Do the work, the claim is going to count against you now that a check was issued. You should not have filed if you did not intend to do the work.
No, an insurance company cannot force you to use their own contractor unless they invoke their option to repair pursuant to the policy. Take a look at your policy and ask the company if they are invoking their option to repair. If not, you are free to use your own contractor.
There is no such thing. In the United States the insured has the right to hire whomever they want to effect the repairs.
If you filed an insurance claim on the claim that you would use the money to make repairs and then don't do the repairs, this could be considered fraud. If that was important to the insurance company, they would not have issued the check in your name only.
after an insurance company is involed after a road traffic accident can i refuse thier offer and do the repairs myself
Your insurance will pay the contractor. The contractor gets the required permits. The contractor will have already factored in the cost of any permits needed to make your repairs into his bid for the job.
I would have to say yes because of Insurance issues.
You can hire whomever you want to effect your repairs. Bear in mind though that an unlicensed contractor is probably also an uninsured contractor and your home insurance company will not provide coverage for the contractors work.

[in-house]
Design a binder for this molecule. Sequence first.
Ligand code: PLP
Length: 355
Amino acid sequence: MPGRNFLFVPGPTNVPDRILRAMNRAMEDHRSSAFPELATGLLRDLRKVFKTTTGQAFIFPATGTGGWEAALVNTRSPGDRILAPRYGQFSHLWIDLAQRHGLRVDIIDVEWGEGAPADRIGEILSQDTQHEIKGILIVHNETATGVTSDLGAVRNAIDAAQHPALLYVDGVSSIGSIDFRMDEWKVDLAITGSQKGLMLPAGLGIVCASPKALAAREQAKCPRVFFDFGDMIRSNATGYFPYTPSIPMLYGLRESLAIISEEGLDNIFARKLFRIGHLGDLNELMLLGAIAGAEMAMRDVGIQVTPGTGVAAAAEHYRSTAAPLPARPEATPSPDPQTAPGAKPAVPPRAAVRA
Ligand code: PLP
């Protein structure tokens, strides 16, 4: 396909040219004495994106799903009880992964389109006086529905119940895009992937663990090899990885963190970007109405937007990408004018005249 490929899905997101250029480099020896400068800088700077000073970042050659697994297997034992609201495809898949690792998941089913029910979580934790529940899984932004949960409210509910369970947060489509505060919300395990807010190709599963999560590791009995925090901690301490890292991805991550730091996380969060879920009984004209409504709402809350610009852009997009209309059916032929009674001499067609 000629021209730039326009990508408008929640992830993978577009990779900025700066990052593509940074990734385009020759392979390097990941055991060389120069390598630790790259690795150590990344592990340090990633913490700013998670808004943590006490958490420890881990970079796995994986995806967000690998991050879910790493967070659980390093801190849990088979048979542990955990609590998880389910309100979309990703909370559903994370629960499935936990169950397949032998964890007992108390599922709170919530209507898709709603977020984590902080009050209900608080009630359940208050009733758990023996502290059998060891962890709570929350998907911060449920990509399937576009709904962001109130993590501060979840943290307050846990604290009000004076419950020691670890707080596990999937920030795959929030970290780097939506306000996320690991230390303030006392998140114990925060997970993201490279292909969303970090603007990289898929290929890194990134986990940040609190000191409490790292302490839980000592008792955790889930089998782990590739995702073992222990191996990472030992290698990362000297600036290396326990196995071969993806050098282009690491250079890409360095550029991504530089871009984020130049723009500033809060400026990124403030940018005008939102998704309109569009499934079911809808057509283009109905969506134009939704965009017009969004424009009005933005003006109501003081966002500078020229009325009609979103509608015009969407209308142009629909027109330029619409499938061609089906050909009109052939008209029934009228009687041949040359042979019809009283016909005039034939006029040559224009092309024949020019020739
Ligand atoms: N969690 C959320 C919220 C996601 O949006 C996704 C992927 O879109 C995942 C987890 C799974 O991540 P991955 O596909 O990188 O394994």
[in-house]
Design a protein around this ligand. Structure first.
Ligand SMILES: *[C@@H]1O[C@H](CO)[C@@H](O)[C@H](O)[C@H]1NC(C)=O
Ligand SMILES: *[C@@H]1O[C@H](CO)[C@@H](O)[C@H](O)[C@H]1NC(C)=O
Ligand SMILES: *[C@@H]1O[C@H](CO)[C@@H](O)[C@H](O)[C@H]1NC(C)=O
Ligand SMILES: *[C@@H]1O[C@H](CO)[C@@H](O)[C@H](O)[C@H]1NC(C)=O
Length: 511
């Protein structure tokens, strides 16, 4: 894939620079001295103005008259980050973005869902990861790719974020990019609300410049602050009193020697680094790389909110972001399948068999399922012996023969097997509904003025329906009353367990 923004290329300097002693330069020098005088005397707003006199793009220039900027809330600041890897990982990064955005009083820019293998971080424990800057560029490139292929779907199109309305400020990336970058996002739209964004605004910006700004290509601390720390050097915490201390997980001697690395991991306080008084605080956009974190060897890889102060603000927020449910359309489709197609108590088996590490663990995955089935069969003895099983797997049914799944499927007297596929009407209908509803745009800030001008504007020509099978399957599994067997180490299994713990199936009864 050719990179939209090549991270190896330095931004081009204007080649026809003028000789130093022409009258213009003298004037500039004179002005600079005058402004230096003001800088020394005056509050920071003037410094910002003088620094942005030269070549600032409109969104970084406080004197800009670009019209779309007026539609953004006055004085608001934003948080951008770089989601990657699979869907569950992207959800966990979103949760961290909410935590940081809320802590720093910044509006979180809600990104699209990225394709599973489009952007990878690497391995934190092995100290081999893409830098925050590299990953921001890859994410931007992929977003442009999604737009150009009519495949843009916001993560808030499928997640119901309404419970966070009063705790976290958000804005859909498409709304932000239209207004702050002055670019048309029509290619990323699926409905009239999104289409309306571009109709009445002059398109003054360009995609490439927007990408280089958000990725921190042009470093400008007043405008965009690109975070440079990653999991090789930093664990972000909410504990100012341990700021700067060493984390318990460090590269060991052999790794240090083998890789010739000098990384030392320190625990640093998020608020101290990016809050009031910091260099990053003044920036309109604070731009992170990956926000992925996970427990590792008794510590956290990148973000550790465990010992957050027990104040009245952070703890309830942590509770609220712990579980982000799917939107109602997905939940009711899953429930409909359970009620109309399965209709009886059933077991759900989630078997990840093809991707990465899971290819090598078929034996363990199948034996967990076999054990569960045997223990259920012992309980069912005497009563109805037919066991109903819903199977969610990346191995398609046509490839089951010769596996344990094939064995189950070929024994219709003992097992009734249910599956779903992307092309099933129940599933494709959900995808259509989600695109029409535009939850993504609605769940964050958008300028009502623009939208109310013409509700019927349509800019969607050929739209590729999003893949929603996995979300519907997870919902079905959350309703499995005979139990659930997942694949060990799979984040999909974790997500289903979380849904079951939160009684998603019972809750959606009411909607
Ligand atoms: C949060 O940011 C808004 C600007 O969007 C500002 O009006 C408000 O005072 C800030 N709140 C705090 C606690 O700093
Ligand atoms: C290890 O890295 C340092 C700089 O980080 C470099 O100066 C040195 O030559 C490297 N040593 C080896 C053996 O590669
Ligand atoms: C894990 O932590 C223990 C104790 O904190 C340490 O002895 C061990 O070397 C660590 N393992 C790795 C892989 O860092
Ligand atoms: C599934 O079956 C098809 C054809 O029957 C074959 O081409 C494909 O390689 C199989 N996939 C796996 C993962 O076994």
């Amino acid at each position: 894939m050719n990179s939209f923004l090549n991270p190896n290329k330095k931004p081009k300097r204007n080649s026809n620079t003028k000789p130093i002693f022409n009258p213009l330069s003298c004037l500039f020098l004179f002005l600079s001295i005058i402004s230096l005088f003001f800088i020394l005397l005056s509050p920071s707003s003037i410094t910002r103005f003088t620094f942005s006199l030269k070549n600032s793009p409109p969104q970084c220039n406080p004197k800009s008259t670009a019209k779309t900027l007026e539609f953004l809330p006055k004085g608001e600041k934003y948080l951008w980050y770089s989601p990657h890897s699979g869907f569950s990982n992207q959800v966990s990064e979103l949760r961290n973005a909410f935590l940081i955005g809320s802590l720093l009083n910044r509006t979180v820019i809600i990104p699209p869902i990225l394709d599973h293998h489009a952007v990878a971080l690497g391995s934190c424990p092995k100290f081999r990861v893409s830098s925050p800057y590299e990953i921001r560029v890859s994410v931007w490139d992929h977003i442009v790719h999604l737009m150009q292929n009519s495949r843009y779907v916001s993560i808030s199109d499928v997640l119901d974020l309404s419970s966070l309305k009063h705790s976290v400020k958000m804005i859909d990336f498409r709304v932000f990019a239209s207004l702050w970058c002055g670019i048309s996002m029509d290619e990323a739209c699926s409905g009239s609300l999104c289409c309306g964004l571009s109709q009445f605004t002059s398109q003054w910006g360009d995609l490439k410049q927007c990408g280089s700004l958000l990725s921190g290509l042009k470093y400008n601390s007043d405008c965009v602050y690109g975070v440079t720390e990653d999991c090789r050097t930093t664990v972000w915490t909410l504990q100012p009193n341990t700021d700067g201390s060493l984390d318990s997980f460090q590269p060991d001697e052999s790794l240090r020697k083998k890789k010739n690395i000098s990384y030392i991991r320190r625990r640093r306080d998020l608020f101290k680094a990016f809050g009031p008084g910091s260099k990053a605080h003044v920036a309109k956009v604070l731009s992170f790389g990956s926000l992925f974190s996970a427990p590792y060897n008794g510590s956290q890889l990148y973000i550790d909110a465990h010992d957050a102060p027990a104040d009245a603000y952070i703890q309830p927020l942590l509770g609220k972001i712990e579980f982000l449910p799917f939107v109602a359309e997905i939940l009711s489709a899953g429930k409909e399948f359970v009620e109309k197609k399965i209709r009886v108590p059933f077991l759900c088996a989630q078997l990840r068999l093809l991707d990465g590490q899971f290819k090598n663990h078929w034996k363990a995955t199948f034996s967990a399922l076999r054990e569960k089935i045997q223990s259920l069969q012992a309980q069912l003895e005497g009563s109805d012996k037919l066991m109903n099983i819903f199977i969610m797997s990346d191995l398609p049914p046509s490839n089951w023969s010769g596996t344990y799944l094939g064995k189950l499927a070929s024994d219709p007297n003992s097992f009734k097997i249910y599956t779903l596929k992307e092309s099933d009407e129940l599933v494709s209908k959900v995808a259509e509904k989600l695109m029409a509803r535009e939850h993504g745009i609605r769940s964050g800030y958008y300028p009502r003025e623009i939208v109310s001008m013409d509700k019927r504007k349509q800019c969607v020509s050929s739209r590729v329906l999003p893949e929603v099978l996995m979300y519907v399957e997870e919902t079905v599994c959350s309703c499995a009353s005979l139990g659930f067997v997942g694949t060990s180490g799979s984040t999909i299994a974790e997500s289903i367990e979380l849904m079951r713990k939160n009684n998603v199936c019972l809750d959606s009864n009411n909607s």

If you want to collect the depreciation your insurance company withheld from your claim payment you must make the repairs to your home. After you make the repairs contact your insurance company and they should issue a check for the depreciation.
Just contact your Home Insurance Company and ask them about it. Many companies are fine with this for small claims or minor repairs.
It doesn't work like that. The insurance company will pay claims for roof repairs or replacement that are consistent with the local market and consitent with the damages incurred. If you try to overcharge for the repairs, then the homeowner will be stuck for the remainder of the bill that is not paid by the insurer. A contractor simply submits a bid to the homeowner. If the homeowner chooses you as their roof contractor then they will submit that to the insurer for approval. The company will then pay the bill so long as it is reasonable and within the expected market range for that area.
Yes, they can deny the claim. If a loss payout was already issued by an insurance company, it was the insureds responsibility to make the repairs with the funds provided. The company is not required to pay the same claim twice. If the insured fails to make the repairs you can not seek those same funds a second time. Also bear in mind the following 1. Your homeowners insurance policy is a term policy, usually a one year term. So your new insurance company would have no obligation to pay for claims for previous damage nor un-repaired damages that arose before the policy started. 2. Your Home insurance company also does not provide coverage for poor workmanship or quality on the part of your roofing contractor. This is why one should always hire a professional roofer and verify the the contractor has Insurance before allowing the work to proceed. If the roofer did a poor job resulting in failure of the roof or materials you will need to file claim against the contractors general liability completed operations insurance policy because the homeowners insurance company does not have to pay again for the same repairs. It is up to the homeowner to hire a qualified contractor.
Not much. Your insurer provides funds for a covered loss. You choose your contractor that you want to do the work. It is the homeowners responsibility to hire a reputable (preferably insured) contractor to perform the repairs.